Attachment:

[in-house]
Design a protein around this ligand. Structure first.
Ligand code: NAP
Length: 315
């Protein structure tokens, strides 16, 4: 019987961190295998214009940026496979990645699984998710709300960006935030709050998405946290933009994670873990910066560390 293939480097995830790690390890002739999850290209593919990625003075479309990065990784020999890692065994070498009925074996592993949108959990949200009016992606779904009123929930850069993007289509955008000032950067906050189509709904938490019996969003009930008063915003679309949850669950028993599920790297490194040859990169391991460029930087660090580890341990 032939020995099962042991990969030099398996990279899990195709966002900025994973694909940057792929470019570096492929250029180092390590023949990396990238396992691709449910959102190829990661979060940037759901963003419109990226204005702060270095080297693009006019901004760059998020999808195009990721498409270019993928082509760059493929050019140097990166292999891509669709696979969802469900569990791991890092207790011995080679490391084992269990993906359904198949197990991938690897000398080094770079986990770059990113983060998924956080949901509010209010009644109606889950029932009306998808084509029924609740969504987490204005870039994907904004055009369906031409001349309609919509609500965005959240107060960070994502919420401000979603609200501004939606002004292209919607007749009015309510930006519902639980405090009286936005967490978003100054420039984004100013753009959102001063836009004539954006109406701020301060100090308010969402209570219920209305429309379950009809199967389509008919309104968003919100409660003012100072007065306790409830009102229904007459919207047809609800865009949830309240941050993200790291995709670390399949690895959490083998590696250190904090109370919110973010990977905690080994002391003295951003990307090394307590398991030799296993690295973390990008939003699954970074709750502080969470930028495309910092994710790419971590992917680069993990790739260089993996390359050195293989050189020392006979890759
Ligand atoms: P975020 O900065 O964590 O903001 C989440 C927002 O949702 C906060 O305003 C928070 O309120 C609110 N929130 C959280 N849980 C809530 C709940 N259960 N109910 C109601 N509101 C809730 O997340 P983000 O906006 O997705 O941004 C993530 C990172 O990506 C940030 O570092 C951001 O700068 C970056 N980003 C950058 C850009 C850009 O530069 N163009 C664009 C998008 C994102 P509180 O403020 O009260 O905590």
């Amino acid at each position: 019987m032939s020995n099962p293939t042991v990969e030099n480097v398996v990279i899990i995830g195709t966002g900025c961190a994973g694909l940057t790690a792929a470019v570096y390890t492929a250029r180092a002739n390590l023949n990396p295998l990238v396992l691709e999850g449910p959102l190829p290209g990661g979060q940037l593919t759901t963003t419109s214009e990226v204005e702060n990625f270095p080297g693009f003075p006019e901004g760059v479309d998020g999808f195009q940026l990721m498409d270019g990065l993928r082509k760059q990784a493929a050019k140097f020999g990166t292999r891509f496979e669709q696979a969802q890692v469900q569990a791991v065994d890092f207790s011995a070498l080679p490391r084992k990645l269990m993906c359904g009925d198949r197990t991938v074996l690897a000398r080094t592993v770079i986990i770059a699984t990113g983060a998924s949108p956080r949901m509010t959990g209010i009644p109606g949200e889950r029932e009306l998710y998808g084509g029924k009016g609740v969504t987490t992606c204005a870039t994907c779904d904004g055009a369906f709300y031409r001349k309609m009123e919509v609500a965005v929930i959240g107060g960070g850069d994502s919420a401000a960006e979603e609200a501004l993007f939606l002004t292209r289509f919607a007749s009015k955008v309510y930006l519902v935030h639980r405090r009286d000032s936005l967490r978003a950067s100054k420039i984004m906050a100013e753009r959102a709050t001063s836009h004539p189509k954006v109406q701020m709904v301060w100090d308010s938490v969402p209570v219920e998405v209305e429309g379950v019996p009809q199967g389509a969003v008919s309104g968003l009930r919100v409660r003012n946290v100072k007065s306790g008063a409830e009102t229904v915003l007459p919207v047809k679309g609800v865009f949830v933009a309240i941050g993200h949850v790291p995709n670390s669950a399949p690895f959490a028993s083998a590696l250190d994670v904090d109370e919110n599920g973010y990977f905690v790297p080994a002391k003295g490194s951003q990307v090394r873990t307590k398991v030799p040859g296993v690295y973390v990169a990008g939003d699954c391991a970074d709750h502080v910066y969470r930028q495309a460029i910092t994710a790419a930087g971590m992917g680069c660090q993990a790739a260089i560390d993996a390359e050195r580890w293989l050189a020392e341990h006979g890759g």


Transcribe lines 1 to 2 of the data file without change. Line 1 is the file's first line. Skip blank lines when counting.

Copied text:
[in-house]
Design a protein around this ligand. Structure first.